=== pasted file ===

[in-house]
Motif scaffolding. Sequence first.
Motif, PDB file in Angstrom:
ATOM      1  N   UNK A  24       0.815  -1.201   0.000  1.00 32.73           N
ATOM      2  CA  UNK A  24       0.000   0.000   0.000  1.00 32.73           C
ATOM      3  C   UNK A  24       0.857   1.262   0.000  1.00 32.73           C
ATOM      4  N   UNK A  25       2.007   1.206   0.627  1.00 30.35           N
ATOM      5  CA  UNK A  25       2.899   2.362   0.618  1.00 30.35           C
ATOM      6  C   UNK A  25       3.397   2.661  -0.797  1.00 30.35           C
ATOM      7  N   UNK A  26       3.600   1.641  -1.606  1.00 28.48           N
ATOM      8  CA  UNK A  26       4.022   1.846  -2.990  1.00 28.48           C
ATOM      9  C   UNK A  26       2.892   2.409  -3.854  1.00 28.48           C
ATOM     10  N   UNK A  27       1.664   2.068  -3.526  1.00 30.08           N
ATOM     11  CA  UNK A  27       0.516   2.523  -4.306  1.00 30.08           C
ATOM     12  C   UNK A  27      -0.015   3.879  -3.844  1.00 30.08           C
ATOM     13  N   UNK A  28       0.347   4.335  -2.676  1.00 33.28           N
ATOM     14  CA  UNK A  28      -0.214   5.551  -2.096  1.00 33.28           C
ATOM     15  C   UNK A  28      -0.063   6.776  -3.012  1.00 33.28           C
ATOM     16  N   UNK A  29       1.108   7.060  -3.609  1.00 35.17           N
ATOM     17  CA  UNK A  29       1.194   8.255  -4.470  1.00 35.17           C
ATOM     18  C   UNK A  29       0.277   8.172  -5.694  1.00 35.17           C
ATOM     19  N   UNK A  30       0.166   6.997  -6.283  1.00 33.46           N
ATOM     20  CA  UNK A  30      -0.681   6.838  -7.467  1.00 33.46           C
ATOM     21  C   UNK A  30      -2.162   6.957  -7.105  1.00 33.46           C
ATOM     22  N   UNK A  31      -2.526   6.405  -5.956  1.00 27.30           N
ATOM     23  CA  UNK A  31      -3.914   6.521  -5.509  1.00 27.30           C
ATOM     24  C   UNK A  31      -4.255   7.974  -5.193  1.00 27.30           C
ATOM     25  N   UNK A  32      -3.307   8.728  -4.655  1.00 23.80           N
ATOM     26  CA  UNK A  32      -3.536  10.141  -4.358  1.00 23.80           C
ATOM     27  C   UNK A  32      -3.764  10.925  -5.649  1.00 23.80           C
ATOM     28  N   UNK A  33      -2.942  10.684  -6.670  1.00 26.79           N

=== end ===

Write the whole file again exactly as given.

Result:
[in-house]
Motif scaffolding. Sequence first.
Motif, PDB file in Angstrom:
ATOM      1  N   UNK A  24       0.815  -1.201   0.000  1.00 32.73           N
ATOM      2  CA  UNK A  24       0.000   0.000   0.000  1.00 32.73           C
ATOM      3  C   UNK A  24       0.857   1.262   0.000  1.00 32.73           C
ATOM      4  N   UNK A  25       2.007   1.206   0.627  1.00 30.35           N
ATOM      5  CA  UNK A  25       2.899   2.362   0.618  1.00 30.35           C
ATOM      6  C   UNK A  25       3.397   2.661  -0.797  1.00 30.35           C
ATOM      7  N   UNK A  26       3.600   1.641  -1.606  1.00 28.48           N
ATOM      8  CA  UNK A  26       4.022   1.846  -2.990  1.00 28.48           C
ATOM      9  C   UNK A  26       2.892   2.409  -3.854  1.00 28.48           C
ATOM     10  N   UNK A  27       1.664   2.068  -3.526  1.00 30.08           N
ATOM     11  CA  UNK A  27       0.516   2.523  -4.306  1.00 30.08           C
ATOM     12  C   UNK A  27      -0.015   3.879  -3.844  1.00 30.08           C
ATOM     13  N   UNK A  28       0.347   4.335  -2.676  1.00 33.28           N
ATOM     14  CA  UNK A  28      -0.214   5.551  -2.096  1.00 33.28           C
ATOM     15  C   UNK A  28      -0.063   6.776  -3.012  1.00 33.28           C
ATOM     16  N   UNK A  29       1.108   7.060  -3.609  1.00 35.17           N
ATOM     17  CA  UNK A  29       1.194   8.255  -4.470  1.00 35.17           C
ATOM     18  C   UNK A  29       0.277   8.172  -5.694  1.00 35.17           C
ATOM     19  N   UNK A  30       0.166   6.997  -6.283  1.00 33.46           N
ATOM     20  CA  UNK A  30      -0.681   6.838  -7.467  1.00 33.46           C
ATOM     21  C   UNK A  30      -2.162   6.957  -7.105  1.00 33.46           C
ATOM     22  N   UNK A  31      -2.526   6.405  -5.956  1.00 27.30           N
ATOM     23  CA  UNK A  31      -3.914   6.521  -5.509  1.00 27.30           C
ATOM     24  C   UNK A  31      -4.255   7.974  -5.193  1.00 27.30           C
ATOM     25  N   UNK A  32      -3.307   8.728  -4.655  1.00 23.80           N
ATOM     26  CA  UNK A  32      -3.536  10.141  -4.358  1.00 23.80           C
ATOM     27  C   UNK A  32      -3.764  10.925  -5.649  1.00 23.80           C
ATOM     28  N   UNK A  33      -2.942  10.684  -6.670  1.00 26.79           N